Wednesday, June 24, 2020

If I'm home all the time, why can't I get more done?

I've been a mom for almost 17 years now. I've weathered the traumatic birth of my first child, juggled a full-time job and parenthood and successfully pulled off eleventy billion things to keep my kids healthy, educated, entertained, socialized and All The Good Things. And then comes a pandemic that has me housebound and yet, for the first time in my life, I am finding it impossible to get things done at home.

My job, I'm on top of. Our babysitter has returned and on work days, I hole up in the office in our attic and go to it. (Ben has only run naked into office Zoom calls twice!) But other parts of life at home are not holding up as well. Back in April, I was so fired up: I power-washed everything in the backyard, organized the basement, and tackled the garage, too. But now, mail sits unopened, it takes me five days to put away clean laundry, I can't keep up with texts from friends and when oh when am I going to get around to having the loose boards on our deck fixed? For months, Dave has been asking about putting up a photo of Ben among the family photos that line our stairwell. Still no pic of Ben. The days go by—Monday, Tuesday, Blursday, Blursday—and once again, I am left wondering where the time has gone.

I am one of those people who likes to get stuff done, and not GSD-ing makes me feel unsettled. One reason for this (er, besides three children) is that I've been going to sleep earlier, whereas BC (Before Coronavirus) I'd stay up late to plow through chores and paperwork, talk with Dave, and sit on the couch and write this blog. I'm not so much physically exhausted as I am emotionally fatigued and anxiety-ridden, and crawling under the covers is more appealing than ever.

The other thing that's happening is that I am utterly and totally burned out about picking up after everyone in my family. SO. BURNED. OUT. A few years ago, I wrote a post that went viral about all the itty-bitty stuff I handle in our household. (It was called "I am the person who notices we are running out of toilet paper and I rock"—who could have imagined that a shortfall of t.p. would be no joke?!) With everyone at home so much, our place gets extra-dirty and extra-cluttered. Routines have fallen by the wayside, and people aren't doing their fare share of chores. That leaves me Dustbusting the crumbs under the kitchen table, picking up wet towels off the bathroom floor, and the person in the backyard at twilight dumping water out of the plastic pool so it doesn't become mosquito larvae bait.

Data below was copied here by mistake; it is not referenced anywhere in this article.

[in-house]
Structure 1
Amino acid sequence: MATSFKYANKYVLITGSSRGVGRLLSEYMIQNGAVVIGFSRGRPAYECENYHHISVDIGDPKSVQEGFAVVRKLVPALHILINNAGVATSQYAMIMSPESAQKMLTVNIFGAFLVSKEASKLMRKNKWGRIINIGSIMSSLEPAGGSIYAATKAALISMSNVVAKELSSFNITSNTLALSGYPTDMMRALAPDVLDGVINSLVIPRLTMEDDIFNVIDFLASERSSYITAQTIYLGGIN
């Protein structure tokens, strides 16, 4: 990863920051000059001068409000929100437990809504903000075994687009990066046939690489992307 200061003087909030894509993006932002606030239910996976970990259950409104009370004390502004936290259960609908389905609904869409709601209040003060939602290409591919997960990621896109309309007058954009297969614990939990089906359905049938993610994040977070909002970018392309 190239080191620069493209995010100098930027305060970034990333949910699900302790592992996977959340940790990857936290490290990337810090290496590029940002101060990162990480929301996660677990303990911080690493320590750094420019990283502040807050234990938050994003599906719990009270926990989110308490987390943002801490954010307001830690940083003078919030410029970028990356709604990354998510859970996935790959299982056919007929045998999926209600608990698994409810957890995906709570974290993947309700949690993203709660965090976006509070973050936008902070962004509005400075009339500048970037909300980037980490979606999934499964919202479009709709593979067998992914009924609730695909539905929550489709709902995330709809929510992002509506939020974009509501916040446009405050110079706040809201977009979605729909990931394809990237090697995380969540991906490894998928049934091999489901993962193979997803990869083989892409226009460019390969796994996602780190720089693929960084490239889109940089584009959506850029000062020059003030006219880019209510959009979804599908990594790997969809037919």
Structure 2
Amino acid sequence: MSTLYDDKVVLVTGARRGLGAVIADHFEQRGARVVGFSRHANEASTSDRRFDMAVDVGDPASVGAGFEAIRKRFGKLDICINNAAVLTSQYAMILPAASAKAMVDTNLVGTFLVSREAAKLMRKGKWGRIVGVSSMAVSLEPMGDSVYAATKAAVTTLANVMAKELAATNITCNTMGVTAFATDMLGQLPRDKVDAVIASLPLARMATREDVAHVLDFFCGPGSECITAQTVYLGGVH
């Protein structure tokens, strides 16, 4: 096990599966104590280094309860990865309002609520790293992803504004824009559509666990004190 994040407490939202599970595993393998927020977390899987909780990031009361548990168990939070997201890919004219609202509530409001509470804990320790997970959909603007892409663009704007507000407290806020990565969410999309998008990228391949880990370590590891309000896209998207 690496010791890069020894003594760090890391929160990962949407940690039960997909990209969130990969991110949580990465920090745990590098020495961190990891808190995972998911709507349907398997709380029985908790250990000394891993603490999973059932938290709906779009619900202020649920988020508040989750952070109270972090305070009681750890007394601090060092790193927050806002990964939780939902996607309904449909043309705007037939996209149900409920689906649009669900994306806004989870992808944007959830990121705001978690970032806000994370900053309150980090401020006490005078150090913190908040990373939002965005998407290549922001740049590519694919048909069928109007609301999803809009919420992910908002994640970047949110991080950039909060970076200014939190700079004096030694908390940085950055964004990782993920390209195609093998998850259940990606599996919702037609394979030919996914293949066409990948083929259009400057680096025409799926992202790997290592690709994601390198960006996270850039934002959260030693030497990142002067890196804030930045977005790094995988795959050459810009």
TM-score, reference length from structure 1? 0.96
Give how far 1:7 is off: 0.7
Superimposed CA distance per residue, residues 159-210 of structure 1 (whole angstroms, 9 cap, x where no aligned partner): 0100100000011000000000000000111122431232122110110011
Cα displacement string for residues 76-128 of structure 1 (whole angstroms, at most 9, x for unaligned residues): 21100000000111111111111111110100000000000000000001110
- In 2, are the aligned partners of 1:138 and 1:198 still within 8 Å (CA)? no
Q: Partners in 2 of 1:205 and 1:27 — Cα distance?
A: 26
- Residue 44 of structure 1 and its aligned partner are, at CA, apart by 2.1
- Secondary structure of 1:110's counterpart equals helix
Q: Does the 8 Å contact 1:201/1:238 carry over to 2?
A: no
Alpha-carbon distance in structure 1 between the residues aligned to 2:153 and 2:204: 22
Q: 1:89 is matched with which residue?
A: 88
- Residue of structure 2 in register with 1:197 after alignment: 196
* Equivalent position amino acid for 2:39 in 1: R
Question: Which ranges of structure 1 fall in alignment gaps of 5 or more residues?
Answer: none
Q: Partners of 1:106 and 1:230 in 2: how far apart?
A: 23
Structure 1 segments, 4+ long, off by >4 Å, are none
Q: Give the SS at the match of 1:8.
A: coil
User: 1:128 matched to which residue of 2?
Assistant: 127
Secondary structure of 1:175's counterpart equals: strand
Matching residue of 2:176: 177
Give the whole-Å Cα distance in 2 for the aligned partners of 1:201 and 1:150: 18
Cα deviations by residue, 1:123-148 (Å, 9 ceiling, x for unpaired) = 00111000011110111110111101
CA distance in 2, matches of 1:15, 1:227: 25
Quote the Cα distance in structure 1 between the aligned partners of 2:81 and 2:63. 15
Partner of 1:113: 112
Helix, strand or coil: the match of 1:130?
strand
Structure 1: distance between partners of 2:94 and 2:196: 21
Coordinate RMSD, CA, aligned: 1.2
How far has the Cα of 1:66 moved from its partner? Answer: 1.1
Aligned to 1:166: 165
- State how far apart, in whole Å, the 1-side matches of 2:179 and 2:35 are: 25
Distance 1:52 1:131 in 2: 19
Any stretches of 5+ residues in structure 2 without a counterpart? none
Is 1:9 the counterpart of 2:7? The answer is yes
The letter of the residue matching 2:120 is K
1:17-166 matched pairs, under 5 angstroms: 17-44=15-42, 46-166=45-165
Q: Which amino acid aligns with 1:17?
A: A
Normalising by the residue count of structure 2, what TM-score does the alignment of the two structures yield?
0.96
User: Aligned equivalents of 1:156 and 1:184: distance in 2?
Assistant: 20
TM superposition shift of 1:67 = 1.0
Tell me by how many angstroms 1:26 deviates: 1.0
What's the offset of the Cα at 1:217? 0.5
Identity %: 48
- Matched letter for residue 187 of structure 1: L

Could I care less about an organized existence? For sure. There are definitely days when I've stopped giving a damn. But at the same time, having a (somewhat) clean and (somewhat) neat home gives me peace of mind and a much-needed sense that life is under control even when our world is not. So I decided to put in a call to our company's Employee Assistance program, and snagged a few sessions with a therapist. I am glad to openly discuss this: There is no shame about seeking help you need and there should be no stigma around seeing a therapist, these days more than ever. Moms of children with special needs are juggling a whole lot, especially ones whose children can't do virtual learning or virtual therapy or who need hands-on care but aren't getting their usual help.

It may come as no surprise that data from an ongoing study funded by NORC at the University of Chicago finds that Americans are the most unhappy they've been in 50 years. (So far, no study has shown the percentage of moms emptying out pools in their backyard at twilight, although I suspect the number is high.) While good mental health is obviously important for everyone, parents owe it to their kids. As tired as I am of that oxygen mask metaphor about putting the mask on yourself before you share it with your children, the message is essentially true. If parents are feeling burned out, it filters down to our family.

These days, it's easier than ever to do therapy because many shrinks have gone virtual—no having to haul yourself to an office. Just grab a computer, find a hideout, log on and you're done. And if you don't have access to a therapist or this isn't the time to be paying for one (definitely check your benefits), weekly Zooms with friends can help. My other form of therapy takes place on Saturday night Zoom sessions with my two besties, where we group gripe, group freak out about the pandemic and the future, and group laugh.

Margie and I had a good session this week. I needed practical suggestions, and the best one I got was having a weekly family meeting to discuss both delegation of chores and fun things our family can do. My plan is to also get into what keeps every one of us feeling content and calm during these trying times, and how we can all help each other. (Max will for sure bring up his dream of moving to Los Angeles—maybe it's time to get him another L.A. t-shirt.) We'll be doing our family meetings Sunday night, complete with tasty snacks. And afterward, someone other than me will be Dustbusting the crumbs from the potato chips.

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